"Why is it so hard for Muslim to become a Christian or join with another religion? Mohammed said, “Whoever changes his Islamic religion, kill him.” (Hadith Al Buhkari vol. 9:57) This command is practiced in almost all Islamic Fundamentalist countries today."

      February 5, 2011 at 11:51 pm |
    • Muneef

      Why should a man look back when he is advanced in knowldge ? Why go back to worshipping other than God ?
      Why go back for those who left back their monotheism and went to what God has warned us from by all sent prophets and messangers of God?
      -Who claim that God has a Son and worship the named Son rather than God?
      -Who claim that God is Three in One (meaning that God came to earth in the skin of Jesus)?

      The religion is not a joke and no one should become a Muslim unless he is a hundred percent that he is convinced of it being the mear truth and wouldn't think about leaving it and change into another religion...

      February 6, 2011 at 2:03 pm |
  7. Muneef

    Religious or non,you will not regret reading this page;
    Miracles of the Qur'an
    Shaykh Muhammed Metwalli Al-Sharawi       

    February 5, 2011 at 4:31 pm |
    • Reality

      All you need to know about Islam is noted below:

      1a) 179 killed in Mumbai/Bombay, 290 injured

      1b) Assassination of Benazir Bhutto and Theo Van Gogh

      2) 9/11, 3000 mostly US citizens, 1000’s injured

      3) The 24/7 Sunni-Shiite centuries-old blood feud currently being carried out in Iraq, US Troops killed in action, 3,481 and 924 died in non-combat98,691 – 107,707
      Iraqi civilians killed as of 11/9/2010, http://www.iraqbodycount.org/ and

      4) Kenya- In Nairobi, about 212 people were killed and an estimated 4000 injured; in Dar es Salaam, the attack killed at least 11 and wounded 85.[2]

      5) Bali-in 2002-killing 202 people, 164 of whom were foreign nationals, and 38 Indonesian citizens. A further 209 people were injured.

      6) Bali in 2005- Twenty people were killed, and 129 people were injured by three bombers who killed themselves in the attacks.

      7) Spain in 2004- killing 191 people and wounding 2,050.

      8. UK in 2005- The bombings killed 52 commuters and the four radical Islamic suicide bombers, injured 700.

      9) The execution of an eloping couple in Afghanistan on 04/15/2009 by the Taliban.

      10) – Afghanistan: US troops 1,116 killed in action, 902 killed in non-combat situations as of 08/10/2010. Over 40,000 Afghan civilians killed due to the dark-age, koranic-driven Taliban acts of horror

      11) The killing of 13 citizen soldiers at Ft. Hood by a follower of the koran.

      12) 38 Russian citizens killed on March 29, 2010 by Muslim women suicide bombers.

      13) The May 28, 2010 attack on a Islamic religious minority in Pakistan, which have left 98 dead,

      14) Lockerbie is known internationally as the site where, on 21 December 1988, the wreckage of Pan Am Flight 103 crashed as a result of a terrorist bomb. In the United Kingdom the event is referred to as the Lockerbie disaster, the Lockerbie bombing, or simply Lockerbie. Eleven townspeople were killed in Sherwood Crescent, where the plane's wings and fuel tanks plummeted in a fiery explosion, destroying several houses and leaving a huge crater, with debris causing damage to a number of buildings nearby. The 270 fatalities (259 on the plane, 11 in Lockerbie) were citizens of 21 nations.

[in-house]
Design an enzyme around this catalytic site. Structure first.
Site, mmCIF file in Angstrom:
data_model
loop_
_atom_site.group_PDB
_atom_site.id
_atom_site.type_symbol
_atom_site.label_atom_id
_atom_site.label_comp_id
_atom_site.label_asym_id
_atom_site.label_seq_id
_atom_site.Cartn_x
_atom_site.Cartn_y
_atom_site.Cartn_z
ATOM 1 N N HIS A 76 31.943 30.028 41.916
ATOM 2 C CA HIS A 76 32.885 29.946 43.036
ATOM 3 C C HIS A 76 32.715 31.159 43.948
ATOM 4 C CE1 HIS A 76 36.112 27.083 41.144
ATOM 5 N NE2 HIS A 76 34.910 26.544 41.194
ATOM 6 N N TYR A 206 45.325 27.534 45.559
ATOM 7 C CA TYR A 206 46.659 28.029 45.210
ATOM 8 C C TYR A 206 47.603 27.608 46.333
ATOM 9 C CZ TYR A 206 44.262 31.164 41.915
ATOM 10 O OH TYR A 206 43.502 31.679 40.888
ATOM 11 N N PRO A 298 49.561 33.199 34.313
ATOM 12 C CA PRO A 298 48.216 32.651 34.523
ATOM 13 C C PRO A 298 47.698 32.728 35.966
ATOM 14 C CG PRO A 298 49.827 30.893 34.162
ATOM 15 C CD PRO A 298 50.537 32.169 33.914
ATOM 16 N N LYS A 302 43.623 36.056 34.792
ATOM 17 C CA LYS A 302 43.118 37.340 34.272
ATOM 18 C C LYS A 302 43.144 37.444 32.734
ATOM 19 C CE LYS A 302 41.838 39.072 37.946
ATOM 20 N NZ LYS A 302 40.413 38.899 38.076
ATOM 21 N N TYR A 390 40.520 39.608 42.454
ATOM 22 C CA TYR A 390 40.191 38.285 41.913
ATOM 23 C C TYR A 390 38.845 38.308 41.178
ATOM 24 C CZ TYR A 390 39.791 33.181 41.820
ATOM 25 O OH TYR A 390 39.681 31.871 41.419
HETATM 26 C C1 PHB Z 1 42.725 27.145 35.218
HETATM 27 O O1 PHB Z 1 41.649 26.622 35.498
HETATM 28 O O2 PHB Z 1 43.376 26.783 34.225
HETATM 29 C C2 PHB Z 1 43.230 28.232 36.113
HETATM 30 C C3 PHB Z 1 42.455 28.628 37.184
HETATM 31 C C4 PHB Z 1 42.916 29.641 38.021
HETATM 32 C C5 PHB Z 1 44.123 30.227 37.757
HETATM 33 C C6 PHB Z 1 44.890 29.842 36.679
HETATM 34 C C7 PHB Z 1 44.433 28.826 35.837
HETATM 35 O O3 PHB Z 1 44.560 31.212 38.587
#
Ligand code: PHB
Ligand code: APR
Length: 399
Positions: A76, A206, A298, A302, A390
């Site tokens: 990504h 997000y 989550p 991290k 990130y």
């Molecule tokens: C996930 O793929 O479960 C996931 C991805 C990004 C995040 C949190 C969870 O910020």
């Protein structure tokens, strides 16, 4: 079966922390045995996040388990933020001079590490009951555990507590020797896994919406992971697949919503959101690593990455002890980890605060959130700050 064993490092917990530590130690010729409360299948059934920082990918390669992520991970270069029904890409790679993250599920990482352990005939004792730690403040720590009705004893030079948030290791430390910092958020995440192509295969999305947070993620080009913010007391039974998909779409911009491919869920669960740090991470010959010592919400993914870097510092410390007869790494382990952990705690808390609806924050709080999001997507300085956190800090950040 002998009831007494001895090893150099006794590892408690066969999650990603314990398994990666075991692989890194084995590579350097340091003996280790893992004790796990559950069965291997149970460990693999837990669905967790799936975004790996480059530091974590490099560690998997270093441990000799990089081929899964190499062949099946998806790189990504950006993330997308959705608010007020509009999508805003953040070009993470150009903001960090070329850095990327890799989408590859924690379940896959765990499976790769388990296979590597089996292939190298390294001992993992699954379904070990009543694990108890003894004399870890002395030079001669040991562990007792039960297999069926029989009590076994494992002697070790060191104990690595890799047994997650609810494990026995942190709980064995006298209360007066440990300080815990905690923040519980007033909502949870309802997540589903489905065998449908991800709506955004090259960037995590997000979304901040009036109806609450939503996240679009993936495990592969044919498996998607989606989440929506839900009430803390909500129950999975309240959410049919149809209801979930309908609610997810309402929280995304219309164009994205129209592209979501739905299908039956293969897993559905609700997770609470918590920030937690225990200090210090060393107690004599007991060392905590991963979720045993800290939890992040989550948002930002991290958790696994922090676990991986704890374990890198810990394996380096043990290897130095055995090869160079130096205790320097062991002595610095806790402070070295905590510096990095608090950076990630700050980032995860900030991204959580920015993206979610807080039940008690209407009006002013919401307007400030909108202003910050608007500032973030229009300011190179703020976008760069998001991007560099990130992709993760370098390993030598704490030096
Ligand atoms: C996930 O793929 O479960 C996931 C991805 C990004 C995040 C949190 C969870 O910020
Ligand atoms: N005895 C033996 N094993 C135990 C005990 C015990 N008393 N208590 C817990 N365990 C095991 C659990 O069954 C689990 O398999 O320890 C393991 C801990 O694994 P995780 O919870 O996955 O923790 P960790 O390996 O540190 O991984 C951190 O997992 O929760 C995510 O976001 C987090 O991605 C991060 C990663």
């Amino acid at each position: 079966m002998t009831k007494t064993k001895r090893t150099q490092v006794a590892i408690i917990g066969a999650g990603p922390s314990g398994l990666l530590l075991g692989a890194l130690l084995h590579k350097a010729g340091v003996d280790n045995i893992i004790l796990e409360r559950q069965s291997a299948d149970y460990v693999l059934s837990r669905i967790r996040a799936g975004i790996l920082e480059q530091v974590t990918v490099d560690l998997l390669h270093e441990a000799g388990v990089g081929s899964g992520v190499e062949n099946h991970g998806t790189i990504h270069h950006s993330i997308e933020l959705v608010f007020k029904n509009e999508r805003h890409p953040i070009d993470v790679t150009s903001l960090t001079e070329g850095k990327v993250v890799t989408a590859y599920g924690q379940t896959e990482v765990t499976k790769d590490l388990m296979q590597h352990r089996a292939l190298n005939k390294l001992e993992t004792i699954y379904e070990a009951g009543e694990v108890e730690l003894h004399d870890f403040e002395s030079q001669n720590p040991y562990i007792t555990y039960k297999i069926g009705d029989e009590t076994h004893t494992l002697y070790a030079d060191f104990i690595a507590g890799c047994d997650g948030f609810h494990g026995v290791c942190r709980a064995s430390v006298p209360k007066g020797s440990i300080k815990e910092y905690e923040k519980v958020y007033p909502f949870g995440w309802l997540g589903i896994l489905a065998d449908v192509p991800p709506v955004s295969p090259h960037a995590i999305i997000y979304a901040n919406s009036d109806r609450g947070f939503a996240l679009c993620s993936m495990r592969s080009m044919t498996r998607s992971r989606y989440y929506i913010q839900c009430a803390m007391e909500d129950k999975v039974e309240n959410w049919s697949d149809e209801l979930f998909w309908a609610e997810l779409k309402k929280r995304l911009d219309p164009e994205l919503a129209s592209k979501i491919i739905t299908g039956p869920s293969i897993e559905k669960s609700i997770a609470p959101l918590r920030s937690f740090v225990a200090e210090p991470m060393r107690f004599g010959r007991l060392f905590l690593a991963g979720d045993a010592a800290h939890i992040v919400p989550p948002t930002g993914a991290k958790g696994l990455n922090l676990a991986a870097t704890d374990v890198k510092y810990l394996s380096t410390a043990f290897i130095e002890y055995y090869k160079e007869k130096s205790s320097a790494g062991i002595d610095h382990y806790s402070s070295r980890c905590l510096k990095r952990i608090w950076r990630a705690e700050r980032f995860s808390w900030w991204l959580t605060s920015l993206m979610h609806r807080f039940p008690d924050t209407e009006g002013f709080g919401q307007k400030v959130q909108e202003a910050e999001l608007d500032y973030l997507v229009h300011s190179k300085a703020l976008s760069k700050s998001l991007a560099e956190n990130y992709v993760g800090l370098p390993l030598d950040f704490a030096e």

15) Followed by the daily suicide and/or roadside and/or mosque bombings every day in the terror world of Islam.

      16) Bombs sent from Yemen by followers of the koran which fortunately were discovered before the bombs were detonated.

      17) The killing of 58 Christians in a Catholic church in one of the latest acts of horror and terror in Iraq.

      18) Moscow airport suicide bombing: 35 dead, 130 injured. January 25, 2011.

      February 5, 2011 at 11:47 pm |
    • Muneef

      Al-Ghashiya sura 88:
      In the name of Allah, the Beneficent, the Merciful
      Hath there come unto thee tidings of the Overwhelming? (1) On that day (many) faces will be downcast, (2) Toiling, weary, (3) Scorched by burning fire, (4) Drinking from a boiling spring, (5) No food for them save bitter thorn-fruit (6) Which doth not nourish nor release from hunger. (7) In that day other faces will be calm, (8) Glad for their effort past, (9) In a high garden (10) Where they hear no idle speech, (11) Wherein is a gushing spring, (12) Wherein are couches raised (13) And goblets set at hand (14) And cushions ranged (15) And silken carpets spread. (16) Will they not regard the camels, how they are created? (17) And the heaven, how it is raised? (18) And the hills, how they are set up? (19) And the earth, how it is spread? (20) Remind them, for thou art but a remembrancer, (21) Thou art not at all a warder over them. (22) But whoso is averse and disbelieveth, (23) Allah will punish him with direst punishment. (24) Lo! unto Us is their return (25) And Ours their reckoning. (26).

      February 6, 2011 at 8:24 pm |
  8. hyldad

    What about abortion, gay marriage, etc., are these Christian values? Not impressed by his speech.

    February 5, 2011 at 2:53 pm |
    • radlutheran

      You should not judge someone else's faith or make assumptions. I am a Lutheran, and I consider myself pro-life. I hate the idea of abortion, the taking of an innocent life, but at the same time, if a woman feels that an abortion is her option, either out of fear from her family or whatever, I would much rather have her get an abortion that is in a clinic, done by a physician rather than one done in some back alley, done with a coat hanger and bleach. As far as gay marriage, I'm all for it. We are called to welcome and embrace all people to grow into all that God created them to be, even if they are gay.

      February 5, 2011 at 3:50 pm |
  9. sally

    To JohnJay60